However, this column about the superiority complex of book readers is very accurate. Just not something I would have spent the last 30 minutes trying to find because I remembered the title but by the time I had the time to read it the GoT link at the top had been removed. C'est la viet.

  • Diana Petrescu
  • e jerry powell

    What you really need to do is start watching Vicious on PBS this coming Sunday!

    Sir Ian! Sir Derek! Ramsay Bolton as a clueless straight guy!

  • Scorptilicus

    Man, so many fans could use this letter. Though, ironically, I doubt they would take the time to read it if presented to them.

  • jollies

    As a book reader, I would feel that I'm superior to non-book readers, but I'm too good for that.

  • manting

    Spoilers right? Its not like the series started nearly 20 years ago...oh wait. Whats the statute of limitations on spoilers? Can we set an easy to understand bright line standard for everyone to follow?

  • jollies

    Isn't "unique snowflake" redundant? Like "unique fingerprint"? At least that is what I was told when I was young.

  • manting

    I completely agree. The same goes for the bible too right? Just because you read the bible doesnt make you a better christian. I mean I saw The Last Temptation of Christ so we are even right?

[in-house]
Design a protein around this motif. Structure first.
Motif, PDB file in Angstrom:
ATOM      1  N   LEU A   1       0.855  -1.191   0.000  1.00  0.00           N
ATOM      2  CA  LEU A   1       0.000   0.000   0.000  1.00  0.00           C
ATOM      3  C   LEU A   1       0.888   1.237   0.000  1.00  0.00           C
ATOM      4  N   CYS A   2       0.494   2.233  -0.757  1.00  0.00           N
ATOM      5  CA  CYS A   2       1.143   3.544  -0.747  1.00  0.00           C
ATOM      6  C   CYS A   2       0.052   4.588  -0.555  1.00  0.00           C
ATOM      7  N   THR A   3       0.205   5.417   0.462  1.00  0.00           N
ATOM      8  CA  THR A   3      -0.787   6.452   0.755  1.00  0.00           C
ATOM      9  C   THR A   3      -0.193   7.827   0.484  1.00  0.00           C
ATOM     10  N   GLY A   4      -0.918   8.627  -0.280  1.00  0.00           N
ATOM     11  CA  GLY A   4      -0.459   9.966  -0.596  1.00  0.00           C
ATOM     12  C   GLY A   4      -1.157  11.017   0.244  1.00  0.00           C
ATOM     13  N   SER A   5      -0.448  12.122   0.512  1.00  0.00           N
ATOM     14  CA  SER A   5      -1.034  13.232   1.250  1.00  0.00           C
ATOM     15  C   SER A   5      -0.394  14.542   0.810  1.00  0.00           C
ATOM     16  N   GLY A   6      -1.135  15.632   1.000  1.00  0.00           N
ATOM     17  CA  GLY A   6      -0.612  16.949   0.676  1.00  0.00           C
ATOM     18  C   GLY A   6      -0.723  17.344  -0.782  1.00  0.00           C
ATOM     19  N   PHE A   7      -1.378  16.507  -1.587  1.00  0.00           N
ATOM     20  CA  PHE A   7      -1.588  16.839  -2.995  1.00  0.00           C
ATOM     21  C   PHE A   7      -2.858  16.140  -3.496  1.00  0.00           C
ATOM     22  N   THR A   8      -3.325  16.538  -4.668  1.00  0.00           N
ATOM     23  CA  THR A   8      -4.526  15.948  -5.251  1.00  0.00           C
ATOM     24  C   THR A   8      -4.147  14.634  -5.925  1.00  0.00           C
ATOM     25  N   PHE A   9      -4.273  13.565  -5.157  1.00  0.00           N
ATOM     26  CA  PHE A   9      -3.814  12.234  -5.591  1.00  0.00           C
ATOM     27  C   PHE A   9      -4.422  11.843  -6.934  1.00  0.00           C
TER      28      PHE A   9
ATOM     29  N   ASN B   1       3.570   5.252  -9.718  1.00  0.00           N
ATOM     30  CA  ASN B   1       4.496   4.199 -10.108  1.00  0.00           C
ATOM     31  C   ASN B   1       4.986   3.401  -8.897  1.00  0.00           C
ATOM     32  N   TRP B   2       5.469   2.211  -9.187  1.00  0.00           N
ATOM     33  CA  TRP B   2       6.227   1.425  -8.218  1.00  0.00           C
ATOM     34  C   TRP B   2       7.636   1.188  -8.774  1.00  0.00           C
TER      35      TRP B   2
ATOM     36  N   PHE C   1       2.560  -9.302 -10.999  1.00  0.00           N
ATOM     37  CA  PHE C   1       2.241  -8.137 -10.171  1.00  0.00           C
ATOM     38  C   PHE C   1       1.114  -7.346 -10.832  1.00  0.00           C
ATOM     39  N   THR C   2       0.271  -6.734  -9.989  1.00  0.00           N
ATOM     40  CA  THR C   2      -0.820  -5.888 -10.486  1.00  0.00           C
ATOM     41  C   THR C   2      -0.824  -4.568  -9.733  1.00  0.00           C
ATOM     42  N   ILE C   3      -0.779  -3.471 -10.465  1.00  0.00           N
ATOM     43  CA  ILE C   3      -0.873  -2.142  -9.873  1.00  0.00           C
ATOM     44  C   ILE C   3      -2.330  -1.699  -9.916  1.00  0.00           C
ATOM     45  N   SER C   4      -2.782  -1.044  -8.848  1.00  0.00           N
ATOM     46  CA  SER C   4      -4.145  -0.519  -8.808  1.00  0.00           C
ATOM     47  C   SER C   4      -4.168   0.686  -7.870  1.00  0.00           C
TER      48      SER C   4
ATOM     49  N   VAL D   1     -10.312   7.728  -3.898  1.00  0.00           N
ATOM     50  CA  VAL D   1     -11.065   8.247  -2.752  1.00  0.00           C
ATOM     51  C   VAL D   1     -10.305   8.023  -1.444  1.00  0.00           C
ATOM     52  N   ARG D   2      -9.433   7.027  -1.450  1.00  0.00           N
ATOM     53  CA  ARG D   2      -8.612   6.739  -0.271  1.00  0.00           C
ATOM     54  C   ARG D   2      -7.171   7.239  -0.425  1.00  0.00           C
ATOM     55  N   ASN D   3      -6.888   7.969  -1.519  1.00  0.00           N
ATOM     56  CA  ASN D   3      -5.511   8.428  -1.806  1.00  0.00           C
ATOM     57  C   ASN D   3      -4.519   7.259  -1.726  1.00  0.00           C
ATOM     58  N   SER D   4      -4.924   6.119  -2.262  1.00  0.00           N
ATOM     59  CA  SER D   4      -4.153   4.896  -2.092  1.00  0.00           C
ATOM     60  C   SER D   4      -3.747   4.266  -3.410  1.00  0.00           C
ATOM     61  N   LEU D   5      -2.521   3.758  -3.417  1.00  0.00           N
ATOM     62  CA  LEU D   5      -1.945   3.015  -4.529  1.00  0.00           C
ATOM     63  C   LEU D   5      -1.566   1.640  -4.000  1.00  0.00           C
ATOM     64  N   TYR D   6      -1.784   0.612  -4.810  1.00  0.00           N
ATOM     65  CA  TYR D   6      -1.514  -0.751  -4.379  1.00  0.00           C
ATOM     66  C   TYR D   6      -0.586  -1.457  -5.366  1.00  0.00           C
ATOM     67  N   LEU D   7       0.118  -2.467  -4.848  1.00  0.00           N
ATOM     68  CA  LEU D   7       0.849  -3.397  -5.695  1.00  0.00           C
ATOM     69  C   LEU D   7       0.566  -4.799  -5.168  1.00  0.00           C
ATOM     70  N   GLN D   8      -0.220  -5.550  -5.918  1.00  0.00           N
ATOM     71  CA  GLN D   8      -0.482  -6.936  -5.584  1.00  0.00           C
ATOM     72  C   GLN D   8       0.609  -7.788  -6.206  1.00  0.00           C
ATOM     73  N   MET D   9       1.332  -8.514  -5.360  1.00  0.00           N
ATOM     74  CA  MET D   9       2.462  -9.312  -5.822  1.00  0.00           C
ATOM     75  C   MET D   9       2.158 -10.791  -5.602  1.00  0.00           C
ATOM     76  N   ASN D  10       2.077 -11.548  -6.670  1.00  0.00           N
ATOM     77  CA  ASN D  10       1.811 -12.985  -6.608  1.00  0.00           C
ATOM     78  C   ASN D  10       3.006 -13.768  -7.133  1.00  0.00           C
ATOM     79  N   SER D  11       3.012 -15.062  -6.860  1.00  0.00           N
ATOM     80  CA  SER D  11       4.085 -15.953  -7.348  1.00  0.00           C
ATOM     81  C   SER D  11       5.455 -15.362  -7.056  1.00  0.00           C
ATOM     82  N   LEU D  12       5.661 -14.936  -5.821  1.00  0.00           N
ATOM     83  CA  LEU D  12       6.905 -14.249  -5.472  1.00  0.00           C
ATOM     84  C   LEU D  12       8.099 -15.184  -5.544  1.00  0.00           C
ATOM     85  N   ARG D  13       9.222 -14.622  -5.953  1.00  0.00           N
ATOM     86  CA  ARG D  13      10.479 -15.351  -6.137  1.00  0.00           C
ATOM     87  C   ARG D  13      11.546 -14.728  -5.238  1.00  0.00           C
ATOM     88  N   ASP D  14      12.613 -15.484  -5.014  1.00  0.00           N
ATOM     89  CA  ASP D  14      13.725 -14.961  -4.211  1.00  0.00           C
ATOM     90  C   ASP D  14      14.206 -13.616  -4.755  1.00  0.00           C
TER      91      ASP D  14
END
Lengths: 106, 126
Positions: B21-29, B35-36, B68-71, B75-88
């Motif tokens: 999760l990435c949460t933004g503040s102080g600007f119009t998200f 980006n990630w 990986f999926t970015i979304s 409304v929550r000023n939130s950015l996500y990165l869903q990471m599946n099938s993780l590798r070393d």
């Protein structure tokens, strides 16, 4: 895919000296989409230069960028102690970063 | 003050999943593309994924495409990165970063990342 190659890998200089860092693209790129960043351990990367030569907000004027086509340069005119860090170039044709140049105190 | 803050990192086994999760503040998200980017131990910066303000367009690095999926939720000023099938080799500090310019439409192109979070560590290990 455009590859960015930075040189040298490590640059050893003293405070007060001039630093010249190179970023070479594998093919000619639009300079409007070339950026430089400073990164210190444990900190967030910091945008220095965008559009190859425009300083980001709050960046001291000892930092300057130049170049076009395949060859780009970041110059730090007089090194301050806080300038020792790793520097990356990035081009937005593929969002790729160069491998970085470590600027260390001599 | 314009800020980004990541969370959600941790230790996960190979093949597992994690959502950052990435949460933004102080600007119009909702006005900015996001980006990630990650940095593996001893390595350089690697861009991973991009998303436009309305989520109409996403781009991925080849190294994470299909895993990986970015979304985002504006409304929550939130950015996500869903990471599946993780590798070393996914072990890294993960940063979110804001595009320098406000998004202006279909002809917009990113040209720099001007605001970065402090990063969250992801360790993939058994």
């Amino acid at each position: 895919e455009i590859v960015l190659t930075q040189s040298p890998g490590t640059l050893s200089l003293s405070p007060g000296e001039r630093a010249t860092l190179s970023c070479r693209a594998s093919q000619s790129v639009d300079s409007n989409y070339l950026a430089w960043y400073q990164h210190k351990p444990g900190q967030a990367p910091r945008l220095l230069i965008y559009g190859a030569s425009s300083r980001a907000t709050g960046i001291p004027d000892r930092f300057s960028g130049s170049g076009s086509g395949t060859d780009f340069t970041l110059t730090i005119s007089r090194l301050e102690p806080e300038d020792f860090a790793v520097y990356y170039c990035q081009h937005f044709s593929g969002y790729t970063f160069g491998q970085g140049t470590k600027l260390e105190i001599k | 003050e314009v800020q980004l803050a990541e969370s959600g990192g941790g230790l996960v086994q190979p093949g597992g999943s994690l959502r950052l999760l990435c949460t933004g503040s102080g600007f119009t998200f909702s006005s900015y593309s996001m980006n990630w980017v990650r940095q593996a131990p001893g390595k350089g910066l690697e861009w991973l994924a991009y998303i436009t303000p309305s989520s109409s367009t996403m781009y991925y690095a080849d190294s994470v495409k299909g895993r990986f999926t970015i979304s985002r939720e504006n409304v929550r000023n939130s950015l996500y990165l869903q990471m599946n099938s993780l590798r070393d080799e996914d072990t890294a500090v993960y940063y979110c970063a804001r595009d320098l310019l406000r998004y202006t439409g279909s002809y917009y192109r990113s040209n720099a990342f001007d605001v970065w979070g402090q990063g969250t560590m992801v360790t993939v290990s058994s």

• John W

    Superiority complex? HOW.DARE.YOU.

  • TherecanbeonlyoneAdmin

    You know what? At the end of the day, it's all just entertainment.

  • BBB40

    Reading the books not only makes you a better fan, but a better human being.

  • ChuggaWasTaken

    I wouldn't go out of my way to spoil the TV show, but a lot of non-book readers have a really entitled attitude when it comes to plot points from the books being discussed. If I'm having a conversation with a friend who has also read them, and you happen to be nearby and hear it, that's not my problem. I won't try to spoil it for you but at the same time I'm not going to not talk about it on the off chance somebody who hasn't read them is within earshot.